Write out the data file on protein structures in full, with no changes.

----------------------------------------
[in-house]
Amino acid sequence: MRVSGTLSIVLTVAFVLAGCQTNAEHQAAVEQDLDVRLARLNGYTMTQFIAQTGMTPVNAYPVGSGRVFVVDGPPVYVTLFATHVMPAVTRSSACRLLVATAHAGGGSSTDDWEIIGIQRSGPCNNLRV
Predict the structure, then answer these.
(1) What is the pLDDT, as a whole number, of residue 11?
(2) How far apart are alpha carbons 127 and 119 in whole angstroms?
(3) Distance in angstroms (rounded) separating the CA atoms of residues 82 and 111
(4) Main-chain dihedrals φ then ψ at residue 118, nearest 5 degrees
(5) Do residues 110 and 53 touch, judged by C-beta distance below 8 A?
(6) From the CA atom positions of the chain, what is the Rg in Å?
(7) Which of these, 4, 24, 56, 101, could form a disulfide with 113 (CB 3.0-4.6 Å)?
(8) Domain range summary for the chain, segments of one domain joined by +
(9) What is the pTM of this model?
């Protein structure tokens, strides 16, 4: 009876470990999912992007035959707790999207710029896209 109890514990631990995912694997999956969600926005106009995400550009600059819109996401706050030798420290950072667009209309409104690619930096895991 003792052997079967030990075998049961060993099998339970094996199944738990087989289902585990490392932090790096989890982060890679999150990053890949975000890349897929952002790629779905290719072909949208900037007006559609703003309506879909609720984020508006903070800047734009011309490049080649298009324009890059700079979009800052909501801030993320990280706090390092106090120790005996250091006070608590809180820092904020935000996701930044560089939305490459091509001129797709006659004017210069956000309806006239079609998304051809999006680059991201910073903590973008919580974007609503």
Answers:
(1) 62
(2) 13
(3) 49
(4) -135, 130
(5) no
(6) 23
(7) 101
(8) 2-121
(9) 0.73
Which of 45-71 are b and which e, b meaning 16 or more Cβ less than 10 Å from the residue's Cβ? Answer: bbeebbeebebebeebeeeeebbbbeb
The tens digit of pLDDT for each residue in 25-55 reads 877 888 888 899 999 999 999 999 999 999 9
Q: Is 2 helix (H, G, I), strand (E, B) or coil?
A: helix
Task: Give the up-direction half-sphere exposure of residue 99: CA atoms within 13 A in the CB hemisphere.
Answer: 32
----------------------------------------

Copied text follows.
[in-house]
Amino acid sequence: MRVSGTLSIVLTVAFVLAGCQTNAEHQAAVEQDLDVRLARLNGYTMTQFIAQTGMTPVNAYPVGSGRVFVVDGPPVYVTLFATHVMPAVTRSSACRLLVATAHAGGGSSTDDWEIIGIQRSGPCNNLRV
Predict the structure, then answer these.
(1) What is the pLDDT, as a whole number, of residue 11?
(2) How far apart are alpha carbons 127 and 119 in whole angstroms?
(3) Distance in angstroms (rounded) separating the CA atoms of residues 82 and 111
(4) Main-chain dihedrals φ then ψ at residue 118, nearest 5 degrees
(5) Do residues 110 and 53 touch, judged by C-beta distance below 8 A?
(6) From the CA atom positions of the chain, what is the Rg in Å?
(7) Which of these, 4, 24, 56, 101, could form a disulfide with 113 (CB 3.0-4.6 Å)?
(8) Domain range summary for the chain, segments of one domain joined by +
(9) What is the pTM of this model?
């Protein structure tokens, strides 16, 4: 009876470990999912992007035959707790999207710029896209 109890514990631990995912694997999956969600926005106009995400550009600059819109996401706050030798420290950072667009209309409104690619930096895991 003792052997079967030990075998049961060993099998339970094996199944738990087989289902585990490392932090790096989890982060890679999150990053890949975000890349897929952002790629779905290719072909949208900037007006559609703003309506879909609720984020508006903070800047734009011309490049080649298009324009890059700079979009800052909501801030993320990280706090390092106090120790005996250091006070608590809180820092904020935000996701930044560089939305490459091509001129797709006659004017210069956000309806006239079609998304051809999006680059991201910073903590973008919580974007609503």
Answers:
(1) 62
(2) 13
(3) 49
(4) -135, 130
(5) no
(6) 23
(7) 101
(8) 2-121
(9) 0.73
Which of 45-71 are b and which e, b meaning 16 or more Cβ less than 10 Å from the residue's Cβ? Answer: bbeebbeebebebeebeeeeebbbbeb
The tens digit of pLDDT for each residue in 25-55 reads 877 888 888 899 999 999 999 999 999 999 9
Q: Is 2 helix (H, G, I), strand (E, B) or coil?
A: helix
Task: Give the up-direction half-sphere exposure of residue 99: CA atoms within 13 A in the CB hemisphere.
Answer: 32